MIAMI – Three massive cranes collapsed during Hurricane Irma last year and all three were from the same manufacturer, Terex-Peiner, which still has cranes in South Florida.
The cranes collapsed on the same day last September when Irma swept across South Florida. One of the cranes fell in Fort Lauderdale and the other two fell in Miami.
New video shows the dramatic collapse of one of the cranes in Miami.
The metal arm can be seen swaying to the right before snapping off, causing the other end to break and send massive counterweights smashing into the building as concrete and construction materials crashed to the ground.
Local 10 News has since learned that all three cranes were even the same model -- SK 315 Hammerhead Tower Cranes.
Investigators with the Occupational Safety and Health Administration said all three cranes failed in the exact same way. The long arm, called a jib, detached from the part that rotates, called a turntable, which then caused the rest of the top of the structure to collapse.
According to OSHA, winds were 40 to 70 mph, with gusts of 80 mph at the time of the collapse. That is well below the Category 4 winds cranes are supposed to be able to withstand.
With hurricane season already upon us this year and with so many cranes like these in South Florida, we wanted to know if the same Terex-Peiner SK 315 models are still in our area.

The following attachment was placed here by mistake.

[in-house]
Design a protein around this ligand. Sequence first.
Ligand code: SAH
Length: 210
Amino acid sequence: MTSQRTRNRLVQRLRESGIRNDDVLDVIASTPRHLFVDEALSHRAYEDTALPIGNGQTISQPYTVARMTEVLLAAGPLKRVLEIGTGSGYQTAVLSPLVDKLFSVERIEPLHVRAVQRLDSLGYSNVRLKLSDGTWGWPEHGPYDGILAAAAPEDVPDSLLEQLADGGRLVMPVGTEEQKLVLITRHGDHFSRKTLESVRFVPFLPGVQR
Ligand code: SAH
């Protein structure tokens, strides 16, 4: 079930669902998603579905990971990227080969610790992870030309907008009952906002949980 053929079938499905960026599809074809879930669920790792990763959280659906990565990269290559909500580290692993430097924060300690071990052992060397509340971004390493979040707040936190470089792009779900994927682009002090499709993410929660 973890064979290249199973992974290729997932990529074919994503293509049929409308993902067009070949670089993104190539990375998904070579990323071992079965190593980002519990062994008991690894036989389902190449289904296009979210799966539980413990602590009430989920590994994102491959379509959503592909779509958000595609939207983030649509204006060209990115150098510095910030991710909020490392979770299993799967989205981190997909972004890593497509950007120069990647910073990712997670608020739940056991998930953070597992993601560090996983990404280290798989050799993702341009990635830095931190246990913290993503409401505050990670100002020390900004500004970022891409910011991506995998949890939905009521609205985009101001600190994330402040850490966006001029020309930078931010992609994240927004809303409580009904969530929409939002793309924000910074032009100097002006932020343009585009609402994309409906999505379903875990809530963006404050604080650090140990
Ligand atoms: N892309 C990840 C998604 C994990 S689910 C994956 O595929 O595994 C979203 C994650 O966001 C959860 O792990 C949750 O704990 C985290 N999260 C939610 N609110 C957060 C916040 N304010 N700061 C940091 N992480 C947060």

According to the Miami Building Department, after the collapse last year, all SK 315 models were removed from the city and, to the best of the department's knowledge, have not been brought back.
The city of Fort Lauderdale released a statement saying, "The city will conduct an inventory of tower cranes in Fort Lauderdale. We anticipate the inventory to take a week, and we will start immediately."
Miami Beach officials are nearly finished going through a similar inventory and said that of the cranes they've checked so far, they haven't found any of concern.
According to OSHA, the SK 315 model has been redesigned since the collapses to address the failures, but officials from all three cities we spoke with were still looking at whether or not the cranes were there, out of an abundance of caution.
"Unfortunately, Hurricane Irma brought uniquely powerful wind forces to bear on South Florida, and there is evidence of micro burst tornadoes and significant updraft wind bursts on the three cranes in their respective locations," Stephanie Woods, director of product safety for Terex, said in an email to Local 10 News. "The cranes were not designed or ever expected to withstand those types of forces. Thankfully, no one was injured as a result of the damage to these cranes."